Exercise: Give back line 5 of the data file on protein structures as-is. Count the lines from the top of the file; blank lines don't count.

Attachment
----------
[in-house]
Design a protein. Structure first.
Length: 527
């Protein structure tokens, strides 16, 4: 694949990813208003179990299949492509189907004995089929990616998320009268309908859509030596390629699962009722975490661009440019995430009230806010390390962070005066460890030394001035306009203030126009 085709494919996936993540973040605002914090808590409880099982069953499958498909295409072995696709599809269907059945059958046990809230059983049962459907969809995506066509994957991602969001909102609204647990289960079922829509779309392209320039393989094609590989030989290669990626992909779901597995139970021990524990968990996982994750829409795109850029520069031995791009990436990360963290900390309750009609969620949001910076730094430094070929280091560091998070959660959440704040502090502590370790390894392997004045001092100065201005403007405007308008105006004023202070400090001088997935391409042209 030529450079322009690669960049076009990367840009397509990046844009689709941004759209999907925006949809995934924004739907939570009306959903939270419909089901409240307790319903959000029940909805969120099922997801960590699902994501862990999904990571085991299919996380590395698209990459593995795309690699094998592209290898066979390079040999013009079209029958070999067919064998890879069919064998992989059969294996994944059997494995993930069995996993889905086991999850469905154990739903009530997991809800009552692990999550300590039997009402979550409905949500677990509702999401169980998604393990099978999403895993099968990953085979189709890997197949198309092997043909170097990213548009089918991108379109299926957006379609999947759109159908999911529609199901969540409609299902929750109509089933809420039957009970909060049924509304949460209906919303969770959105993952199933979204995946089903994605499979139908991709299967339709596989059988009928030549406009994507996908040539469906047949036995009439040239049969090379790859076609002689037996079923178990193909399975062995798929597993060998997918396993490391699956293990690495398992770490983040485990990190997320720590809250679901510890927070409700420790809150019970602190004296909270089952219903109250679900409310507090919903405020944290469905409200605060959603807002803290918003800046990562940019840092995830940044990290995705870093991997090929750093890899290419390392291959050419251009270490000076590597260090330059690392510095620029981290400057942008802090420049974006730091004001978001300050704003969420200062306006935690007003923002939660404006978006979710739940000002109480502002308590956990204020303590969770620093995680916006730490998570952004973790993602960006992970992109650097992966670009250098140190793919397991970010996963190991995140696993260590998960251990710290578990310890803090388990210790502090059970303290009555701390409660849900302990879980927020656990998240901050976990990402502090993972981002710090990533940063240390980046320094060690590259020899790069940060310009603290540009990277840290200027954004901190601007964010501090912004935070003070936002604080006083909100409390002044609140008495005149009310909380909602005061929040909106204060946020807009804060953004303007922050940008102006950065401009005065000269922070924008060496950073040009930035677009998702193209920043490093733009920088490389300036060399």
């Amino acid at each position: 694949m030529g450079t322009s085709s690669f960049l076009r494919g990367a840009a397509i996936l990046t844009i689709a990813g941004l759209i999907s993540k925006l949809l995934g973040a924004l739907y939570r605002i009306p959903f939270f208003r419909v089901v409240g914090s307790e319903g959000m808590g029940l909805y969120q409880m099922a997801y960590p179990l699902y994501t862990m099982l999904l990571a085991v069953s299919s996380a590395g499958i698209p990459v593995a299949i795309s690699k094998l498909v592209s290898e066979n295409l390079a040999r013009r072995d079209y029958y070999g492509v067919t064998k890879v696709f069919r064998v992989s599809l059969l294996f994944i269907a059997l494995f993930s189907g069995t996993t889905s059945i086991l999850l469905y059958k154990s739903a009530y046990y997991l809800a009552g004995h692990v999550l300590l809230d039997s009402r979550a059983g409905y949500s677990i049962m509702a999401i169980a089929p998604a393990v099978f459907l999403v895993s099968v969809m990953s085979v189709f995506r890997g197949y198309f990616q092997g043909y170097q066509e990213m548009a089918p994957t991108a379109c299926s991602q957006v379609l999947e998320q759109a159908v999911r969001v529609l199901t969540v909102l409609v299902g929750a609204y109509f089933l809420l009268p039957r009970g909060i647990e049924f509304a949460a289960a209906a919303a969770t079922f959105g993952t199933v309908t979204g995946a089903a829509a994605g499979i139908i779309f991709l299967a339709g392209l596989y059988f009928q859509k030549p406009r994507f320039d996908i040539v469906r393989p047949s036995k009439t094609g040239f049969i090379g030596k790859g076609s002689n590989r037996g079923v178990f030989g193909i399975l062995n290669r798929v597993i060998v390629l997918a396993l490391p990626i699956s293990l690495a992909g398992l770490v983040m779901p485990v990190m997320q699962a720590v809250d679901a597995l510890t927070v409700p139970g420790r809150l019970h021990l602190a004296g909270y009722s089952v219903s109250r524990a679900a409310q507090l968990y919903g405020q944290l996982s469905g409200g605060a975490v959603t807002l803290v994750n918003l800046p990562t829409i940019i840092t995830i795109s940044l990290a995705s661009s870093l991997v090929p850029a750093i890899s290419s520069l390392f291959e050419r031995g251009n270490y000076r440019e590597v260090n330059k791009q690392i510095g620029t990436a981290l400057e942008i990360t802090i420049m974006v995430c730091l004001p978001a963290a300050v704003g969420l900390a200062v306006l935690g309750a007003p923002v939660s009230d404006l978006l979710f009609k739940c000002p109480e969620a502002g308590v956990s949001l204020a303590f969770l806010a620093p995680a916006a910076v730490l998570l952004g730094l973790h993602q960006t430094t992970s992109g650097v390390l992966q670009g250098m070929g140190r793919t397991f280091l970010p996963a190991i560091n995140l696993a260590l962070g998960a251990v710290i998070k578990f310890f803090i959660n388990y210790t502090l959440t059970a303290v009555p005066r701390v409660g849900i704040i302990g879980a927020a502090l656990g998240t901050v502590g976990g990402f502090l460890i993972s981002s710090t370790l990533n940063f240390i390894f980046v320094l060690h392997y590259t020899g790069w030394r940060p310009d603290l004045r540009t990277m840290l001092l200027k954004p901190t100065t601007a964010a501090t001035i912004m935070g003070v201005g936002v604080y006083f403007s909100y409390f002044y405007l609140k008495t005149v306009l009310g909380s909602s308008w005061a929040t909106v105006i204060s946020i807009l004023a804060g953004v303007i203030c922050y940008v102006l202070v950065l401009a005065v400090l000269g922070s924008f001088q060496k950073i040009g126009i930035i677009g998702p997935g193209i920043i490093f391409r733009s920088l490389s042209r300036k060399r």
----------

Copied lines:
């Amino acid at each position: 694949m030529g450079t322009s085709s690669f960049l076009r494919g990367a840009a397509i996936l990046t844009i689709a990813g941004l759209i999907s993540k925006l949809l995934g973040a924004l739907y939570r605002i009306p959903f939270f208003r419909v089901v409240g914090s307790e319903g959000m808590g029940l909805y969120q409880m099922a997801y960590p179990l699902y994501t862990m099982l999904l990571a085991v069953s299919s996380a590395g499958i698209p990459v593995a299949i795309s690699k094998l498909v592209s290898e066979n295409l390079a040999r013009r072995d079209y029958y070999g492509v067919t064998k890879v696709f069919r064998v992989s599809l059969l294996f994944i269907a059997l494995f993930s189907g069995t996993t889905s059945i086991l999850l469905y059958k154990s739903a009530y046990y997991l809800a009552g004995h692990v999550l300590l809230d039997s009402r979550a059983g409905y949500s677990i049962m509702a999401i169980a089929p998604a393990v099978f459907l999403v895993s099968v969809m990953s085979v189709f995506r890997g197949y198309f990616q092997g043909y170097q066509e990213m548009a089918p994957t991108a379109c299926s991602q957006v379609l999947e998320q759109a159908v999911r969001v529609l199901t969540v909102l409609v299902g929750a609204y109509f089933l809420l009268p039957r009970g909060i647990e049924f509304a949460a289960a209906a919303a969770t079922f959105g993952t199933v309908t979204g995946a089903a829509a994605g499979i139908i779309f991709l299967a339709g392209l596989y059988f009928q859509k030549p406009r994507f320039d996908i040539v469906r393989p047949s036995k009439t094609g040239f049969i090379g030596k790859g076609s002689n590989r037996g079923v178990f030989g193909i399975l062995n290669r798929v597993i060998v390629l997918a396993l490391p990626i699956s293990l690495a992909g398992l770490v983040m779901p485990v990190m997320q699962a720590v809250d679901a597995l510890t927070v409700p139970g420790r809150l019970h021990l602190a004296g909270y009722s089952v219903s109250r524990a679900a409310q507090l968990y919903g405020q944290l996982s469905g409200g605060a975490v959603t807002l803290v994750n918003l800046p990562t829409i940019i840092t995830i795109s940044l990290a995705s661009s870093l991997v090929p850029a750093i890899s290419s520069l390392f291959e050419r031995g251009n270490y000076r440019e590597v260090n330059k791009q690392i510095g620029t990436a981290l400057e942008i990360t802090i420049m974006v995430c730091l004001p978001a963290a300050v704003g969420l900390a200062v306006l935690g309750a007003p923002v939660s009230d404006l978006l979710f009609k739940c000002p109480e969620a502002g308590v956990s949001l204020a303590f969770l806010a620093p995680a916006a910076v730490l998570l952004g730094l973790h993602q960006t430094t992970s992109g650097v390390l992966q670009g250098m070929g140190r793919t397991f280091l970010p996963a190991i560091n995140l696993a260590l962070g998960a251990v710290i998070k578990f310890f803090i959660n388990y210790t502090l959440t059970a303290v009555p005066r701390v409660g849900i704040i302990g879980a927020a502090l656990g998240t901050v502590g976990g990402f502090l460890i993972s981002s710090t370790l990533n940063f240390i390894f980046v320094l060690h392997y590259t020899g790069w030394r940060p310009d603290l004045r540009t990277m840290l001092l200027k954004p901190t100065t601007a964010a501090t001035i912004m935070g003070v201005g936002v604080y006083f403007s909100y409390f002044y405007l609140k008495t005149v306009l009310g909380s909602s308008w005061a929040t909106v105006i204060s946020i807009l004023a804060g953004v303007i203030c922050y940008v102006l202070v950065l401009a005065v400090l000269g922070s924008f001088q060496k950073i040009g126009i930035i677009g998702p997935g193209i920043i490093f391409r733009s920088l490389s042209r300036k060399r």